Subject: Re: A draft business plan for free software LISP vendors
From: Erik Naggum <>
Date: 1999/03/07
Newsgroups: comp.lang.lisp
Message-ID: <>

  a business plan is something you can take to an investor (bank) and say
  "this is how I think X amount of money can become Y amount of money with
  Z number of people in T amount of time and you have X amount of money, I
  know how to get Z number of people, so how about you and I make Z amount
  of money?"

  what you have posted, Francois-Rene Rideau, is basically on par with
  going to an investor and saying "I am deeply convinced that it is in your
  interest to give me X amount of money, so how about it?"

  the more insane drivel I read from proponents of Free Software and Open
  Source, the more convinced I am that this once noble movement will go
  away and not even become a footnote in the history of mankind when their
  real goal has been achieved: the destruction of Microsoft.

  in my view, Microsoft has never been particularly relevant.  they are
  very good at defrauding people who don't know what to look for every time
  they part with a small amount of money, but if I were to be fazed by such
  people, I'd be seriously bothered by any and all politicians, commodity
  advertising, televised propaganda, etc, and I'm not.  I'm bothered by the
  fact that stupid people don't spontaneously combust, which they should.
  no, seriously, I'm fighting the view that Microsoft is relevant to anyone
  and want people to look over yonder knoll when Bill Gates is in jail or
  in a mental institution and none of the mindless droids in Redmond know
  what to do with their lives when fraud is no longer a viable option.
  Free Software is a protest movement.  Open Source is a weapon.  I can see
  a significant constructive element to Free Software, but I can't see any
  with Open Source.  Linux is _not_ a success to be repeated, just like
  Microsoft is the last of its kind.  in both cases, however, men in suits
  with their ties so tight blood supply to the brain is cut off believe
  they know what caused these successes and attempt to emulate them through
  some incidental quality that has nothing to do with the success.  some
  other fanatics also crawl out of the woodwork to predict doom and
  disaster if everything doesn't follow the Grand Business Model de jour.

* Francois-Rene Rideau <fare@ZhengHe.augustin.thierry>
| I would prefer to resume my work rather than post yet another article on
| the topic, but there are many misconceptions about free software that
| seem to creep in your posts, that I'd like to dispell, even though odds
| are low that will suffice to convince anyone.

  some day, I hope you will start to listen to people who have worked with
  Free Software for the better part of a decade and have wondered (1) why
  people get much enthused but then leave disappointed and disgruntled, (2)
  why free software programs gain a very high quality as long as the goal
  is very clear, and (3) why it then goes on to accrete crappy features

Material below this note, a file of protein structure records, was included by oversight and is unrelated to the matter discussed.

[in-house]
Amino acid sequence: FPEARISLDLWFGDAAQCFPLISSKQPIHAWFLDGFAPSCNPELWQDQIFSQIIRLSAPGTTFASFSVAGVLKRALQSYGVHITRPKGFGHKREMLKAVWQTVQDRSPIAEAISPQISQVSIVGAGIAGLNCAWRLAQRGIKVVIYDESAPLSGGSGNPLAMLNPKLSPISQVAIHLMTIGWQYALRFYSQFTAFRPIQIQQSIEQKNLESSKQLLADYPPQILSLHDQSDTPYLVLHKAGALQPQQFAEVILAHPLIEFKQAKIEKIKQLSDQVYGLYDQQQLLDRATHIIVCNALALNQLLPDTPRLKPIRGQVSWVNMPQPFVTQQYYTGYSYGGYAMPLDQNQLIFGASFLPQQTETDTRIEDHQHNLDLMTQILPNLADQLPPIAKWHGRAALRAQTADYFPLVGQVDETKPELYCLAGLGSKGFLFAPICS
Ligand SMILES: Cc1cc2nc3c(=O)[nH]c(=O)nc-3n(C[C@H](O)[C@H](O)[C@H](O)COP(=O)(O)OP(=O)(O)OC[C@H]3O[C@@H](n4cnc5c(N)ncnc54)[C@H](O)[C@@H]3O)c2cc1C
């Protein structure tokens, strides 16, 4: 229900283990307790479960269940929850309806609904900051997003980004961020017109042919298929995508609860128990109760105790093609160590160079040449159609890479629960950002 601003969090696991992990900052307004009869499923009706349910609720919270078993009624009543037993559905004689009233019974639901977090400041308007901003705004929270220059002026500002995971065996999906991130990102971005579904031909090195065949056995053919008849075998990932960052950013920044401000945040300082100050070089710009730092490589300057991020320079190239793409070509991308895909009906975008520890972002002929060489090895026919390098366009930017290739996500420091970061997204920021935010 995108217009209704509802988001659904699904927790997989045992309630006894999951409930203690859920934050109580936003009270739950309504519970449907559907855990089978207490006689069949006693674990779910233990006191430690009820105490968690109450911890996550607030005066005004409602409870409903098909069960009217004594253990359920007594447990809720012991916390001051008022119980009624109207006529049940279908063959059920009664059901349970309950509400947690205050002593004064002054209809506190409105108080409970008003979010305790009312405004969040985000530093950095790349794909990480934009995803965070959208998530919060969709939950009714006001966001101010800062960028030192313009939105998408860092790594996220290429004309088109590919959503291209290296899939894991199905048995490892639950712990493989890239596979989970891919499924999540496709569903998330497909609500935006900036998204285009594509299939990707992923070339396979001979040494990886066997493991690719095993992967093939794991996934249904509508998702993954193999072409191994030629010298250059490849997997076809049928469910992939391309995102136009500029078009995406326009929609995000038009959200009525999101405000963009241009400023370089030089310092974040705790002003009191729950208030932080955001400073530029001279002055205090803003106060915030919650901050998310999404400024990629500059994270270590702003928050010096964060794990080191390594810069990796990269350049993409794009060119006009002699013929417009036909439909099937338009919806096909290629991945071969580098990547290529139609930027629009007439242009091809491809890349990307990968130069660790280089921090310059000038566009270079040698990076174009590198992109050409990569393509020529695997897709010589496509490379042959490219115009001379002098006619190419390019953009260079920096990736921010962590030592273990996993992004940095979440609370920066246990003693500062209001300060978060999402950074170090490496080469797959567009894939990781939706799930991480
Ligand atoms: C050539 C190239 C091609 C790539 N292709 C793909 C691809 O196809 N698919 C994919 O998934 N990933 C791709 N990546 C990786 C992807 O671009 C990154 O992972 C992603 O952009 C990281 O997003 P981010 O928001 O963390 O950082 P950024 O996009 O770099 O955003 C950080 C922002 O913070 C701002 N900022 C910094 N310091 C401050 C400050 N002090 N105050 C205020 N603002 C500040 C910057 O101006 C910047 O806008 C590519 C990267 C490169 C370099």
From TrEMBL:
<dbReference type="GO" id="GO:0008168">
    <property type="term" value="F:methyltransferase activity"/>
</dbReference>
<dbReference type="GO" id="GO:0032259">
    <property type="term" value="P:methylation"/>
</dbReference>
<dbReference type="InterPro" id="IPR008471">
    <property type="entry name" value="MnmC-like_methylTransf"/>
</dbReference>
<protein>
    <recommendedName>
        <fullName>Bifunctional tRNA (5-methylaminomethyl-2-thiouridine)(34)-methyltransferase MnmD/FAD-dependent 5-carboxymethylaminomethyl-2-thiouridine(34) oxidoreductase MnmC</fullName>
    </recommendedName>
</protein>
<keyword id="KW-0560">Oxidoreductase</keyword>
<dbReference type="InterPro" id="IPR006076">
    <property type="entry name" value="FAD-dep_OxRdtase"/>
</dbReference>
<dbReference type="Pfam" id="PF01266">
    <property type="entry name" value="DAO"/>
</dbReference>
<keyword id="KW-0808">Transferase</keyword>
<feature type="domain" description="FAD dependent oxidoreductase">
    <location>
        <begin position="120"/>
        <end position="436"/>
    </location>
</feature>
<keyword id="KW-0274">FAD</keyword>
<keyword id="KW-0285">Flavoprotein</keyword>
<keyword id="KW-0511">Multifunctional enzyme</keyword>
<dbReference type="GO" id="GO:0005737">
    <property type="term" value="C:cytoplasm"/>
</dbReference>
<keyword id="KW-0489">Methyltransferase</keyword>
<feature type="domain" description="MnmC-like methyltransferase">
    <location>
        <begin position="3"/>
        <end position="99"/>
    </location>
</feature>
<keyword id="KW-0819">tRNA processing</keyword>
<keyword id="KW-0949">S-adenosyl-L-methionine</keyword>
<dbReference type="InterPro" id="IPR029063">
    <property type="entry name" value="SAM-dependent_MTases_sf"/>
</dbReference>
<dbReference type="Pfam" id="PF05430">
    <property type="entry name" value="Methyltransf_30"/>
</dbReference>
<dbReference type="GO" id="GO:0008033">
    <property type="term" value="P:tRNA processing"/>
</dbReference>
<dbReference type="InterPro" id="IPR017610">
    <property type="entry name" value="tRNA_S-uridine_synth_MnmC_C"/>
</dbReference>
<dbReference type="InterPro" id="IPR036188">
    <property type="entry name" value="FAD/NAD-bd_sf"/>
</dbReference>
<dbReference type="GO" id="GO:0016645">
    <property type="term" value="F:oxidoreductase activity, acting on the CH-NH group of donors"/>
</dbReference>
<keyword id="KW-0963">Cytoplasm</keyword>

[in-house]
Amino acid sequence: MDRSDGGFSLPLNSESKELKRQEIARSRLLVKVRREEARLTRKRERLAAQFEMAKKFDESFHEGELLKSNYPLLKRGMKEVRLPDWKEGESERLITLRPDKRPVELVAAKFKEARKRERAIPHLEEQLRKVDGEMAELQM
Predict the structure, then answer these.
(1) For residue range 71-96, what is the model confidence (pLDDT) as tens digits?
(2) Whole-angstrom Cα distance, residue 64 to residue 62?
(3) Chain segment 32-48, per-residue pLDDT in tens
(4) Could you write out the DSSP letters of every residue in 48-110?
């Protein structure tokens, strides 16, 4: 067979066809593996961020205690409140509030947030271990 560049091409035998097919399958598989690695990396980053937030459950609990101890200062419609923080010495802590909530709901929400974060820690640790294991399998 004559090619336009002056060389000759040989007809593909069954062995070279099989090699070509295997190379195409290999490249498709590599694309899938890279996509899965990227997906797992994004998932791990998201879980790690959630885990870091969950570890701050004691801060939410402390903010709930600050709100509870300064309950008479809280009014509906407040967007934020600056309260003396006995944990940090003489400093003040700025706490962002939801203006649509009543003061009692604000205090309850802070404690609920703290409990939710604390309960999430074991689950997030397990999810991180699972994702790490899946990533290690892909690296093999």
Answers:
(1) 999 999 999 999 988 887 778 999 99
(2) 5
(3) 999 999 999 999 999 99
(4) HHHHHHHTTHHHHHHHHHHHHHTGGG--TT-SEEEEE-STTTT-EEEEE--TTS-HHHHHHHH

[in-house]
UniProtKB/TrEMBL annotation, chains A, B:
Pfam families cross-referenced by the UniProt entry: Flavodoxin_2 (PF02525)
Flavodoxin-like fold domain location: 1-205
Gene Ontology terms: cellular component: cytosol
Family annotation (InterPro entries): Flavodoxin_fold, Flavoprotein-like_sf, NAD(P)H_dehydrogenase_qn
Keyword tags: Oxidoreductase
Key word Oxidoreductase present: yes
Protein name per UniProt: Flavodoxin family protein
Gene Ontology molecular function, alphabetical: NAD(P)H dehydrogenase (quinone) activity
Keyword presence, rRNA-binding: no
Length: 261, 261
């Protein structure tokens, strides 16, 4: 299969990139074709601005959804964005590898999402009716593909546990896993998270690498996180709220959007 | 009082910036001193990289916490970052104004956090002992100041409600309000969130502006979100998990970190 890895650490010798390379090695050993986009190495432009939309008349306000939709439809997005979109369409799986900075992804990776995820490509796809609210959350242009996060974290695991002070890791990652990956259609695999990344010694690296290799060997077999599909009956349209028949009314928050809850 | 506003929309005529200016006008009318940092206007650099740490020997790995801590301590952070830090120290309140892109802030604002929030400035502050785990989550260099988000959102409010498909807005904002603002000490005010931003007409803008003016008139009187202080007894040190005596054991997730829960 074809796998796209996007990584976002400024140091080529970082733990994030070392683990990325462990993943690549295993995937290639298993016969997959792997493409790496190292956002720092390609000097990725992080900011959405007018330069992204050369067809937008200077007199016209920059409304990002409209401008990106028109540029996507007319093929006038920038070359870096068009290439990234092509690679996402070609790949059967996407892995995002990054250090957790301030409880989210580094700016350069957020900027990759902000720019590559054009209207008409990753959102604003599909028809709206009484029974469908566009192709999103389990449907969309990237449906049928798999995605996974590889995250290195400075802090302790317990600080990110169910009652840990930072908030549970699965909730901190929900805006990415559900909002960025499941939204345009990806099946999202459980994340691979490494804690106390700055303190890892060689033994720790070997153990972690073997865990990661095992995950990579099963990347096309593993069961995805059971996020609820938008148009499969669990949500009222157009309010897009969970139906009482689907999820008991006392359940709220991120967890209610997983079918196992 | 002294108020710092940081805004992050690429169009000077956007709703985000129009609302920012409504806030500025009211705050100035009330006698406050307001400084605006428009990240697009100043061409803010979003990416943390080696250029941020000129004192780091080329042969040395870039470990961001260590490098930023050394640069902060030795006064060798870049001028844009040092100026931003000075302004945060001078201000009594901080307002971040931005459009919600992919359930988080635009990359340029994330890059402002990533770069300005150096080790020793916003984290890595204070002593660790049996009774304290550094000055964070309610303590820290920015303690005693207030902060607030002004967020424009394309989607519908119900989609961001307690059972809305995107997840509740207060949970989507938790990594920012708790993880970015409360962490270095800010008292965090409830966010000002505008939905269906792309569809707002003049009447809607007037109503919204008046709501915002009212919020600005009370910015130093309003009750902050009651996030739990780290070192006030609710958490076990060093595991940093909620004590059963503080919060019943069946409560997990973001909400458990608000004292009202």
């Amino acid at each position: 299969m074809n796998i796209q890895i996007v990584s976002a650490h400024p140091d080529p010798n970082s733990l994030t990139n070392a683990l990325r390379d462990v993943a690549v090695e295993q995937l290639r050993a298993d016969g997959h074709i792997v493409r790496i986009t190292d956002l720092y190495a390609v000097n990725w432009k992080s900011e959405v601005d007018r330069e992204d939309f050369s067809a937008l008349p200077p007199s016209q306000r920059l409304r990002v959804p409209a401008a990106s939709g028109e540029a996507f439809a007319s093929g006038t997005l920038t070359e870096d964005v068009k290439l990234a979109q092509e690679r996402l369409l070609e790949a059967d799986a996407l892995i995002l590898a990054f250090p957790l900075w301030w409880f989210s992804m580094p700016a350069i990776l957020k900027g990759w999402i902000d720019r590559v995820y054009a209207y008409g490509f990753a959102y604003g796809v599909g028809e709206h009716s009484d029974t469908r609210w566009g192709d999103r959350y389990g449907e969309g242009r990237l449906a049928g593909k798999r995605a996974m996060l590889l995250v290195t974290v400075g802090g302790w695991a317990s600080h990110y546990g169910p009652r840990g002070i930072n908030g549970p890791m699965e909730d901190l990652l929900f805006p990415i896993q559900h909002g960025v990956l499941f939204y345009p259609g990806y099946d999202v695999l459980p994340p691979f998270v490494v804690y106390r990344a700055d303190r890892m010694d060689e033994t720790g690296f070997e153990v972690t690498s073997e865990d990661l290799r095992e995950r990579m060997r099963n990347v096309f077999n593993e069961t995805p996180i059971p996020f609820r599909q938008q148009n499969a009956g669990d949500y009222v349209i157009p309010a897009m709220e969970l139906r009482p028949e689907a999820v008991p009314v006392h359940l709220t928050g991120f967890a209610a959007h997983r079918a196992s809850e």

nobody needs but are fun to add by the less competent people who are
  unable to accept that an idea has fully matured.  (watch GNU ls acquire
  "human" sizes, for instance: multiples of 1000, instead of 1024.)

  Free Software or Open Source is _not_ a panacea, nor a religion, and it
  should be possible to argue against it without someone who is still wet
  behind his ears coming out to "dispell misconceptions" because he fails
  to understand what people are talking about.

  as I have said previously, immaturity is a fact of life, which it is not
  smart to deny or ignore, but which also should not be catered to.  people
  who think they are already mature _enough_ are unlikely to mature _more_,
  but part of the process is to realize that some of one's core beliefs may
  be wrong or have underlying goals that are reached only in part or not at
  all, but which it does not make sense to pursue further.

  unencumbered access to other people's intellectual property is one such
  _immature_ goal.  the same argument could be made for other property, yet
  isn't, because the glaring insanity of such requests cannot be ignored.

  the very first step on the way to convince anyone is to accept that they
  may be right, and you have to figure out how to talk to them in terms
  they can understand and relate to to make them change their ways.  people
  do whatever they do because it has worked better for them than the other
  stuff they have tried, but at some point, they gave up looking for better
  ways and were "satisfied".  your second step on the way to convince
  anyone of your own views is to make them _want_ to continue to look for a
  better way and _maybe_ that is your way.  if they don't want to continue
  to look for a better way, they should be ignored completely as a waste of
  space and human potential.  since the third and following steps are by
  now completely irrelevant to Francois-Rene Rideau, who has found the
  solution to all the world's problems, I'll save myself the effort of
  writing them down.  this has gotten long enough already.